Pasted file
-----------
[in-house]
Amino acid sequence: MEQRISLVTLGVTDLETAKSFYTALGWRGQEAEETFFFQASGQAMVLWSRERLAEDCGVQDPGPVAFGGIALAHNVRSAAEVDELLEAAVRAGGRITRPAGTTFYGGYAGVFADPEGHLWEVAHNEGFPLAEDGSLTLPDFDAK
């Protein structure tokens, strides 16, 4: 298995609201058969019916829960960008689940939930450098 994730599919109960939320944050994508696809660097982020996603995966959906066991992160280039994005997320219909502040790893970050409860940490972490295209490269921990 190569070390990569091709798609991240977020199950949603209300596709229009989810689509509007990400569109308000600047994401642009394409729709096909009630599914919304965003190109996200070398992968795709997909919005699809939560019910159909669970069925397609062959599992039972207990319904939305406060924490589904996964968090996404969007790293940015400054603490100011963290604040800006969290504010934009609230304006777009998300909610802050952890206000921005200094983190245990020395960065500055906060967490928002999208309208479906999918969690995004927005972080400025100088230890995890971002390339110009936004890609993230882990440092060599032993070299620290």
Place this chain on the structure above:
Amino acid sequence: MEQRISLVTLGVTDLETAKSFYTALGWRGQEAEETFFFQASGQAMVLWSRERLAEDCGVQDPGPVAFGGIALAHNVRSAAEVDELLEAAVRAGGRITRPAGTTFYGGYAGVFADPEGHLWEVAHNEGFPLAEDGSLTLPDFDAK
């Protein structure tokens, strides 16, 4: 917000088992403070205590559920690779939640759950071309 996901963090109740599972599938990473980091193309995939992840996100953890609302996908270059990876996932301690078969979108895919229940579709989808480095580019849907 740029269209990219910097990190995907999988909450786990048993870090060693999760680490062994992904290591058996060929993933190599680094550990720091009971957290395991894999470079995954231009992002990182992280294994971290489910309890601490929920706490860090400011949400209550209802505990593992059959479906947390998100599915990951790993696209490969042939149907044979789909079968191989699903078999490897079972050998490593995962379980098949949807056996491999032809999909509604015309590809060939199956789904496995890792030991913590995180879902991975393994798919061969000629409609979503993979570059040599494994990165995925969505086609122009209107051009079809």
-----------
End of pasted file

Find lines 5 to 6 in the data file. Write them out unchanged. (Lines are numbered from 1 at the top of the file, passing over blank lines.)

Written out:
Amino acid sequence: MEQRISLVTLGVTDLETAKSFYTALGWRGQEAEETFFFQASGQAMVLWSRERLAEDCGVQDPGPVAFGGIALAHNVRSAAEVDELLEAAVRAGGRITRPAGTTFYGGYAGVFADPEGHLWEVAHNEGFPLAEDGSLTLPDFDAK
């Protein structure tokens, strides 16, 4: 917000088992403070205590559920690779939640759950071309 996901963090109740599972599938990473980091193309995939992840996100953890609302996908270059990876996932301690078969979108895919229940579709989808480095580019849907 740029269209990219910097990190995907999988909450786990048993870090060693999760680490062994992904290591058996060929993933190599680094550990720091009971957290395991894999470079995954231009992002990182992280294994971290489910309890601490929920706490860090400011949400209550209802505990593992059959479906947390998100599915990951790993696209490969042939149907044979789909079968191989699903078999490897079972050998490593995962379980098949949807056996491999032809999909509604015309590809060939199956789904496995890792030991913590995180879902991975393994798919061969000629409609979503993979570059040599494994990165995925969505086609122009209107051009079809």